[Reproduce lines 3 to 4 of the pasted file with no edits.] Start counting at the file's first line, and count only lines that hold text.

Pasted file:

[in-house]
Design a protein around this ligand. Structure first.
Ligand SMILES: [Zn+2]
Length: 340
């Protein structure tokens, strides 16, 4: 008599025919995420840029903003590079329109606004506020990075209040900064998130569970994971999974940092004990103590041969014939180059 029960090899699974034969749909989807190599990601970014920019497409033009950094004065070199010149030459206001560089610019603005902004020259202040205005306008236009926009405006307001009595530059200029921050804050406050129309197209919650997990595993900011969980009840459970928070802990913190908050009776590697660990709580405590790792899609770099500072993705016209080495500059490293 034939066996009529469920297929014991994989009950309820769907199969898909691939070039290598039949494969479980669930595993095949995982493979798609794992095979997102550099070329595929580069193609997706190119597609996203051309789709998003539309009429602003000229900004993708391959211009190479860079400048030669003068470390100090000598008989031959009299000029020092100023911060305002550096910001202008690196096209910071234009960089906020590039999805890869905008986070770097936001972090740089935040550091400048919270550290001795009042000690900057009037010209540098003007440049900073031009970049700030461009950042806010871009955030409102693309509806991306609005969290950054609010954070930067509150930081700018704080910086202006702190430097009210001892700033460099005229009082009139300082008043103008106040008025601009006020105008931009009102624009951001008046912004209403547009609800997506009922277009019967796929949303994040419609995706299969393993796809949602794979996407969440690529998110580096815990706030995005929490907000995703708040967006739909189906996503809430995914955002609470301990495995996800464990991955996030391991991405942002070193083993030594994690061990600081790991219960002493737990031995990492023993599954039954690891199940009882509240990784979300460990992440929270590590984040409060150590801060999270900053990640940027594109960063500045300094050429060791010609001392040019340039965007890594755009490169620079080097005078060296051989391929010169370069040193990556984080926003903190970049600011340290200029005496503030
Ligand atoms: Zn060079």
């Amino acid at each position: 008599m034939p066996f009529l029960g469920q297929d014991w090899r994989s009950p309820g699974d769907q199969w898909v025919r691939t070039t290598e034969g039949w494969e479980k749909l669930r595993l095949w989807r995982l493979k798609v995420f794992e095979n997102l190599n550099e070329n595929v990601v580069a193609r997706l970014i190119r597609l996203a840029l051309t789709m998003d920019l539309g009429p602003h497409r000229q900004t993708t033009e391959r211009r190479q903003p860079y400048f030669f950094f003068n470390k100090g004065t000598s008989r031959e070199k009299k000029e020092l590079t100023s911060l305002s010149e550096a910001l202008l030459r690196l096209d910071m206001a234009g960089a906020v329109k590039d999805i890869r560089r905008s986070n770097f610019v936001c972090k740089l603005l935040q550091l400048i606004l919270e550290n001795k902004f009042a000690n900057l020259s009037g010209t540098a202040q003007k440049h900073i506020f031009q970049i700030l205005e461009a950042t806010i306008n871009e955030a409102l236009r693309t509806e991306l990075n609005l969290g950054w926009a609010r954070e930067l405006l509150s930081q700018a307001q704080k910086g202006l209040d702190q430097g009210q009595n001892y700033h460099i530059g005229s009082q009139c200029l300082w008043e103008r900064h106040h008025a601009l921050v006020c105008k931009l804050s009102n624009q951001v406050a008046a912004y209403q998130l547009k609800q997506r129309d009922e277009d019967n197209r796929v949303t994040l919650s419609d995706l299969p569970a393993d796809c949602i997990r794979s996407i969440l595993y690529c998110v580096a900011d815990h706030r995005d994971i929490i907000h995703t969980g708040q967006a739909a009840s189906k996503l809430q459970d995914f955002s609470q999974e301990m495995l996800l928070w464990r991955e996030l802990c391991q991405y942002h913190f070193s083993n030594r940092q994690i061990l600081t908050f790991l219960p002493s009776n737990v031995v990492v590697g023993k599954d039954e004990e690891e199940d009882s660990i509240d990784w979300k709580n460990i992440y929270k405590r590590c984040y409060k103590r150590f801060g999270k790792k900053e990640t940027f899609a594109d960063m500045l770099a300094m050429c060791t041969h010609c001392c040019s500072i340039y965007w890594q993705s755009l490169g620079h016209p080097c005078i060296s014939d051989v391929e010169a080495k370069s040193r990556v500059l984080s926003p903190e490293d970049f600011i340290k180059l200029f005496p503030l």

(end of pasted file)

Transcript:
Ligand SMILES: [Zn+2]
Length: 340